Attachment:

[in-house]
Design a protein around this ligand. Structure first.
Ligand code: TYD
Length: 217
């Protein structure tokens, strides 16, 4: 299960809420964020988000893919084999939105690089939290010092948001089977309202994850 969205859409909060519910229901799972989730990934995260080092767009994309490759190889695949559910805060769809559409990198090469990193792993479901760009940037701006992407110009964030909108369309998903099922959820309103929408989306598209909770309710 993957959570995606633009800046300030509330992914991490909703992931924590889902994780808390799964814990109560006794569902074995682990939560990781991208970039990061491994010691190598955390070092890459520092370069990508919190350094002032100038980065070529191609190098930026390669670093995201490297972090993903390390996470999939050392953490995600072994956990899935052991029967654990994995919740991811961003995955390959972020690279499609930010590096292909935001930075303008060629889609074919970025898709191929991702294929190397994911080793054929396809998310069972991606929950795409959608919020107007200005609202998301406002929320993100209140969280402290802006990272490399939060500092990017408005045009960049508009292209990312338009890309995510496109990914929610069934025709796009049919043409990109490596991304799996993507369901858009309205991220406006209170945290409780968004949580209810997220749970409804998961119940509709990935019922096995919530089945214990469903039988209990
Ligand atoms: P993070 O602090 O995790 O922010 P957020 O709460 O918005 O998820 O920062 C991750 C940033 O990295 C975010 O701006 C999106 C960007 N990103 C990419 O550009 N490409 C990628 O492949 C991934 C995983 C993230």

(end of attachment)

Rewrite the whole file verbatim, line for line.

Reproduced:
[in-house]
Design a protein around this ligand. Structure first.
Ligand code: TYD
Length: 217
């Protein structure tokens, strides 16, 4: 299960809420964020988000893919084999939105690089939290010092948001089977309202994850 969205859409909060519910229901799972989730990934995260080092767009994309490759190889695949559910805060769809559409990198090469990193792993479901760009940037701006992407110009964030909108369309998903099922959820309103929408989306598209909770309710 993957959570995606633009800046300030509330992914991490909703992931924590889902994780808390799964814990109560006794569902074995682990939560990781991208970039990061491994010691190598955390070092890459520092370069990508919190350094002032100038980065070529191609190098930026390669670093995201490297972090993903390390996470999939050392953490995600072994956990899935052991029967654990994995919740991811961003995955390959972020690279499609930010590096292909935001930075303008060629889609074919970025898709191929991702294929190397994911080793054929396809998310069972991606929950795409959608919020107007200005609202998301406002929320993100209140969280402290802006990272490399939060500092990017408005045009960049508009292209990312338009890309995510496109990914929610069934025709796009049919043409990109490596991304799996993507369901858009309205991220406006209170945290409780968004949580209810997220749970409804998961119940509709990935019922096995919530089945214990469903039988209990
Ligand atoms: P993070 O602090 O995790 O922010 P957020 O709460 O918005 O998820 O920062 C991750 C940033 O990295 C975010 O701006 C999106 C960007 N990103 C990419 O550009 N490409 C990628 O492949 C991934 C995983 C993230």